It’s not all a slam dunk, however. 3D chipmaking and TSV technology is still a work in progress. And integrating photonic hardware using CMOS is in its infancy. But integrated photonics, 3D chip stacking, and the use of low-power cores for computation are all hot technologies now, especially for those in the supercomputing community looking down the road to exascale. The UHPC project (now apparently stuck in Phase 1) that was aimed at developing low-power extreme-scale computing, attracted proposals from Intel, MIT, NVIDIA, and Sandia that incorporated one or more of these technologies.

With Corona though, you get the whole package, so to speak. But all of the work to date appears to be with simulated hardware, and there was no mention in any of the research work of plans to create a working prototype. So whether this is destined to remain a research project at HP or something that gets transformed into a commercial offering remains to be seen.

Subscribe to HPCwire's Weekly Update!

Be the most informed person in the room! Stay ahead of the tech trends with industy updates delivered to you every week!

Exascale Escapes 2018 Budget Axe; Rest of Science Suffers

May 23, 2017

President Trump's proposed $4.1 trillion FY 2018 budget is good for U.S. exascale computing development, but grim for the rest of science and technology spend Read more…

By Tiffany Trader

Hedge Funds (with Supercomputing help) Rank First Among Investors

May 22, 2017

In case you didn’t know, The Quants Run Wall Street Now, or so says a headline in today’s Wall Street Journal. Quant-run hedge funds now control the largest Read more…

By John Russell

IBM, D-Wave Report Quantum Computing Advances

May 18, 2017

IBM said this week it has built and tested a pair of quantum computing processors, including a prototype of a commercial version. That progress follows an an Read more…

By George Leopold

PRACEdays 2017 Wraps Up in Barcelona

May 18, 2017

Barcelona has been absolutely lovely; the weather, the food, the people. I am, sadly, finishing my last day at PRACEdays 2017 with two sessions: an in-depth loo Read more…

By Kim McMahon

HPE Extreme Performance Solutions

Exploring the Three Models of Remote Visualization

The explosion of data and advancement of digital technologies are dramatically changing the way many companies do business. With the help of high performance computing (HPC) solutions and data analytics platforms, manufacturers are developing products faster, healthcare providers are improving patient care, and energy companies are improving planning, exploration, and production. Read more…

US, Europe, Japan Deepen Research Computing Partnership

May 18, 2017

On May 17, 2017, a ceremony was held during the PRACEdays 2017 conference in Barcelona to announce the memorandum of understanding (MOU) between PRACE in Europe Read more…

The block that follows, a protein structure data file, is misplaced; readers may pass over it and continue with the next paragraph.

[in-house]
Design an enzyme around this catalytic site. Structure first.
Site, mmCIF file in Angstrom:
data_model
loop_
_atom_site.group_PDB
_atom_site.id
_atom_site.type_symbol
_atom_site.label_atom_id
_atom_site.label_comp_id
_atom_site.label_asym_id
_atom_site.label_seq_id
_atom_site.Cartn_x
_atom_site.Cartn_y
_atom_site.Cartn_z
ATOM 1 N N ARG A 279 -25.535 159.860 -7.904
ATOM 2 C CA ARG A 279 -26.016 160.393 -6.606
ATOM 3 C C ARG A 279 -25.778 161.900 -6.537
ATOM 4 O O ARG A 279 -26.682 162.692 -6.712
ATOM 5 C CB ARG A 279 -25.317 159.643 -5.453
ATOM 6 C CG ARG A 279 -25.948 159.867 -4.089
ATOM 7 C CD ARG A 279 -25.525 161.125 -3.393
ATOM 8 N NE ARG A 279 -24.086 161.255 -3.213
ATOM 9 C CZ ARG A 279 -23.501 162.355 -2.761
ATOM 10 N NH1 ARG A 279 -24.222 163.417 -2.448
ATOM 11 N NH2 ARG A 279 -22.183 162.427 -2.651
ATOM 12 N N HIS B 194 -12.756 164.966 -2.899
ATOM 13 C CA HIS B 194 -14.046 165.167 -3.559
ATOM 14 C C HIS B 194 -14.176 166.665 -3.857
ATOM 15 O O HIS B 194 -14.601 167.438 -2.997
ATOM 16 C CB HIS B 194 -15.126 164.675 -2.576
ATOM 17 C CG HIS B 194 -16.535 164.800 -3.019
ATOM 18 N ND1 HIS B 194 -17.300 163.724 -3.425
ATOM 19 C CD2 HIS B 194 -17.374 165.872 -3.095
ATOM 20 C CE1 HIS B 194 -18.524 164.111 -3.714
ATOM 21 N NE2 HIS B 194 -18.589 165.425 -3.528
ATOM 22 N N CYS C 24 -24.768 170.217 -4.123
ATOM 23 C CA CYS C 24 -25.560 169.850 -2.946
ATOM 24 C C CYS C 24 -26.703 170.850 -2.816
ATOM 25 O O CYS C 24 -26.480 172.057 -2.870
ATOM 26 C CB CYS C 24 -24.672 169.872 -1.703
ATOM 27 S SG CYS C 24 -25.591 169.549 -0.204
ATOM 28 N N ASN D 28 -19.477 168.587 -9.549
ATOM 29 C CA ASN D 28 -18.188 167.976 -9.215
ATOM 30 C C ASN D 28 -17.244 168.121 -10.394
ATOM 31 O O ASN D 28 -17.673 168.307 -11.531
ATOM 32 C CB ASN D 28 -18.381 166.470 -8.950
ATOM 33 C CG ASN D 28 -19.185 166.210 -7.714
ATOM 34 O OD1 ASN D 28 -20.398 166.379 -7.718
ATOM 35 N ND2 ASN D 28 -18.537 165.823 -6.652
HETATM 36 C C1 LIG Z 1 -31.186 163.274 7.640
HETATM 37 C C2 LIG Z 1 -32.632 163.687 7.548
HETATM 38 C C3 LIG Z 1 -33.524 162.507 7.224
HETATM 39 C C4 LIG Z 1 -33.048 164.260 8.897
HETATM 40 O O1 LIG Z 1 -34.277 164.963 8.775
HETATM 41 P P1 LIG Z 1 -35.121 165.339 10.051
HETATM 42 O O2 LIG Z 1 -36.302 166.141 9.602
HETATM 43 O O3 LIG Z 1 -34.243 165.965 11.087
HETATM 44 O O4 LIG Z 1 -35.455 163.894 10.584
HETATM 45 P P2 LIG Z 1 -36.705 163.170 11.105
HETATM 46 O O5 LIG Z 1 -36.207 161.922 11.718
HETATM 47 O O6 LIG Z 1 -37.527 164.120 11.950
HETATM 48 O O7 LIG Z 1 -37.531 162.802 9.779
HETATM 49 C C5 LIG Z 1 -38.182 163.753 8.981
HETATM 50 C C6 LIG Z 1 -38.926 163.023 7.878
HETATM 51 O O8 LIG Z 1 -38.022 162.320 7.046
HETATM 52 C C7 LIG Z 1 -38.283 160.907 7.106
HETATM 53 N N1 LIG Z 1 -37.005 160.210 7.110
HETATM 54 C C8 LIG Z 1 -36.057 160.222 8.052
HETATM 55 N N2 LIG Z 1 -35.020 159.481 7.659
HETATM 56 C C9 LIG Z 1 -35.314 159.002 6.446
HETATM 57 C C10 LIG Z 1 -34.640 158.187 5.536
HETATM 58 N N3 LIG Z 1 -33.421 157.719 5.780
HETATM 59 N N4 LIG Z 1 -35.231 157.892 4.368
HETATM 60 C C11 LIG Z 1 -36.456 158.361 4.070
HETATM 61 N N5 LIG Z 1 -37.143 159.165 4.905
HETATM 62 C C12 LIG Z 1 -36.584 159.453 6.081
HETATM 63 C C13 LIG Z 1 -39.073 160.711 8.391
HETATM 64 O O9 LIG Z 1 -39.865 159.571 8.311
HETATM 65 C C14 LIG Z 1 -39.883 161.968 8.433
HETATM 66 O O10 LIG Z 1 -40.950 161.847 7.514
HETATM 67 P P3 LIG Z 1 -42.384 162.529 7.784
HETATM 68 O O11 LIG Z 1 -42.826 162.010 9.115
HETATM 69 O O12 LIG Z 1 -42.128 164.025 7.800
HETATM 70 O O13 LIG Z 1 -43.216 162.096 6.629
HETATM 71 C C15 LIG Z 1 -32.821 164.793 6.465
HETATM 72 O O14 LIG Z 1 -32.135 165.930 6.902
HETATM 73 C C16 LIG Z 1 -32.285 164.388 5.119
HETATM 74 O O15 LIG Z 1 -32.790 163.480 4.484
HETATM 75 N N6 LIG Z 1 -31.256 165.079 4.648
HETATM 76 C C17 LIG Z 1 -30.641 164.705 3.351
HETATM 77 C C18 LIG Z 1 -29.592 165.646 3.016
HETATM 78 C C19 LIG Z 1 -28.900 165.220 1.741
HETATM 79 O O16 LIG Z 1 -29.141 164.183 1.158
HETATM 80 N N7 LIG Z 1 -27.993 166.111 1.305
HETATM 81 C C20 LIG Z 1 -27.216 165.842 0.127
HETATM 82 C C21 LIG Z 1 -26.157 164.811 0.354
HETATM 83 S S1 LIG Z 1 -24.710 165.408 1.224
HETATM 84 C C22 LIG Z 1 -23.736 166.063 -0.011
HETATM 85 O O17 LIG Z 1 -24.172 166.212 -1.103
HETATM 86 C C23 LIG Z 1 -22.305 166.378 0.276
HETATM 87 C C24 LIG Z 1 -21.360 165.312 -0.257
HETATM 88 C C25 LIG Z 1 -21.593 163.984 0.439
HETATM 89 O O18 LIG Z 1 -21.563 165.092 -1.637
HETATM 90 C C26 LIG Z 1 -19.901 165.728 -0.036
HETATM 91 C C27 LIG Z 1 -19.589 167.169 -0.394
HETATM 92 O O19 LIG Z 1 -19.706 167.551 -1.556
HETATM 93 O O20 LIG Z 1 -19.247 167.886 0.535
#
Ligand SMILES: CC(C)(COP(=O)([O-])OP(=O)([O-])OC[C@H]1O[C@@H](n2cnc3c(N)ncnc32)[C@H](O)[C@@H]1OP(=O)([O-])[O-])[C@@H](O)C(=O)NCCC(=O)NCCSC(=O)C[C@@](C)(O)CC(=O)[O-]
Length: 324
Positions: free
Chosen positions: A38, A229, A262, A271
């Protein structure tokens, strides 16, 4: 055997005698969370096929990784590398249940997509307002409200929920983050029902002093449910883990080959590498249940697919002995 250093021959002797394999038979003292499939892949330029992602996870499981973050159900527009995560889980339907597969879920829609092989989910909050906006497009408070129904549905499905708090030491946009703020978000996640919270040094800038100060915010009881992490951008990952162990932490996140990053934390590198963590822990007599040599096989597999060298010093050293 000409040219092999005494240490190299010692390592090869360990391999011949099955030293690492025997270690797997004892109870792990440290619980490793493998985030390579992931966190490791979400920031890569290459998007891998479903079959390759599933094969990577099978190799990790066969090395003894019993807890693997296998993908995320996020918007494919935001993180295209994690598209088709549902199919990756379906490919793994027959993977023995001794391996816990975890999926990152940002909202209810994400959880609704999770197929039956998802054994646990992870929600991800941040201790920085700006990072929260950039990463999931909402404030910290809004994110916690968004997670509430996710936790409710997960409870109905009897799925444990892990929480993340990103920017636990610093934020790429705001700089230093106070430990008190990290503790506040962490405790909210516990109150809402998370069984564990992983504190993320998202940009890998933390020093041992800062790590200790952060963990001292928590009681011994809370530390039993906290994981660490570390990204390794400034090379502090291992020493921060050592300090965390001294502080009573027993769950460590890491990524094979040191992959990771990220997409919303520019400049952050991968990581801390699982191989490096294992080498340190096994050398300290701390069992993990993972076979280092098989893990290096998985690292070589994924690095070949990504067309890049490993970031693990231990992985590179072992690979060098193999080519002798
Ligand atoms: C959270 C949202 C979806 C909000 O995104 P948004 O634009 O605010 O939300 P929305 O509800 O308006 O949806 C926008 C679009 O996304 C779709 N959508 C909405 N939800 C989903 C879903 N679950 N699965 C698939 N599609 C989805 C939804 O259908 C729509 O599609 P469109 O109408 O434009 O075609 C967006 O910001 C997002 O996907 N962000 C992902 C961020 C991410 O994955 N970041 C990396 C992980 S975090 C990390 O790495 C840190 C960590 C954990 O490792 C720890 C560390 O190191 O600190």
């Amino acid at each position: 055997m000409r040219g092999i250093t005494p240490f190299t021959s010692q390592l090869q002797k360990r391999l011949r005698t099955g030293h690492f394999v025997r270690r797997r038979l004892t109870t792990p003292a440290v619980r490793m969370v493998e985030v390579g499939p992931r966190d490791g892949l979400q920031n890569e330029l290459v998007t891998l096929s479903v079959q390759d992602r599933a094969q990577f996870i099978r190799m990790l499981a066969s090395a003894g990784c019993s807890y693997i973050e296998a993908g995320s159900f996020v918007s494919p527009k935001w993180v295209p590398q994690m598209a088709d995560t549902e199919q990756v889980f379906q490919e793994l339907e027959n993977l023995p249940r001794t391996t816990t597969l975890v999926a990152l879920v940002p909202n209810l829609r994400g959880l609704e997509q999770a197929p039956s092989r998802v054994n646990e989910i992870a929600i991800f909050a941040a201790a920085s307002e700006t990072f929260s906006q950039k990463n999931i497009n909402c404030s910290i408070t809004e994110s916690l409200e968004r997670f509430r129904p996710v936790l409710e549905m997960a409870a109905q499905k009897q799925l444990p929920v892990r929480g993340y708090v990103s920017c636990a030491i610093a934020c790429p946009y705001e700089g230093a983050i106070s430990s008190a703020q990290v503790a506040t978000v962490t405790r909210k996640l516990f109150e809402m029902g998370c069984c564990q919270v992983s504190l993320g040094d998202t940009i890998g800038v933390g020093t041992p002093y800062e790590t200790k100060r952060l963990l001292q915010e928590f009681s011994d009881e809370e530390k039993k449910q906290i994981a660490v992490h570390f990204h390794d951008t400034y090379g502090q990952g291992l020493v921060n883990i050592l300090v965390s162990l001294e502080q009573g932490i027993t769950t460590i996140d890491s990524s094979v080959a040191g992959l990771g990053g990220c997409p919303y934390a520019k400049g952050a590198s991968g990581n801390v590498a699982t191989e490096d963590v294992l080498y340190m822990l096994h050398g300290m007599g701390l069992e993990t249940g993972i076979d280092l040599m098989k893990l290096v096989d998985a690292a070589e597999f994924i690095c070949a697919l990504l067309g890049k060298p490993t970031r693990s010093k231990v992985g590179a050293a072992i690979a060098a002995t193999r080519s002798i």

By Tiffany Trader

NSF, IARPA, and SRC Push into “Semiconductor Synthetic Biology” Computing

May 18, 2017

Research into how biological systems might be fashioned into computational technology has a long history with various DNA-based computing approaches explored. N Read more…

By John Russell

DOE’s HPC4Mfg Leads to Paper Manufacturing Improvement

May 17, 2017

Papermaking ranks third behind only petroleum refining and chemical production in terms of energy consumption. Recently, simulations made possible by the U.S. D Read more…

By John Russell

PRACEdays 2017: The start of a beautiful week in Barcelona

May 17, 2017

Touching down in Barcelona on Saturday afternoon, it was warm, sunny, and oh so Spanish. I was greeted at my hotel with a glass of Cava to sip and treated to a Read more…

By Kim McMahon

Exascale Escapes 2018 Budget Axe; Rest of Science Suffers

May 23, 2017

President Trump's proposed $4.1 trillion FY 2018 budget is good for U.S. exascale computing development, but grim for the rest of science and technology spend Read more…

By Tiffany Trader

Cray Offers Supercomputing as a Service, Targets Biotechs First

May 16, 2017

Leading supercomputer vendor Cray and datacenter/cloud provider the Markley Group today announced plans to jointly deliver supercomputing as a service. The init Read more…

By John Russell

HPE’s Memory-centric The Machine Coming into View, Opens ARMs to 3rd-party Developers

May 16, 2017

Announced three years ago, HPE’s The Machine is said to be the largest R&D program in the venerable company’s history, one that could be progressing tow Read more…

By Doug Black

What’s Up with Hyperion as It Transitions From IDC?

May 15, 2017

If you’re wondering what’s happening with Hyperion Research – formerly the IDC HPC group – apparently you are not alone, says Steve Conway, now senior V Read more…

By John Russell

Nvidia’s Mammoth Volta GPU Aims High for AI, HPC

May 10, 2017

At Nvidia's GPU Technology Conference (GTC17) in San Jose, Calif., this morning, CEO Jensen Huang announced the company's much-anticipated Volta architecture a Read more…

By Tiffany Trader

HPE Launches Servers, Services, and Collaboration at GTC

May 10, 2017

Hewlett Packard Enterprise (HPE) today launched a new liquid cooled GPU-driven Apollo platform based on SGI ICE architecture, a new collaboration with NVIDIA, a Read more…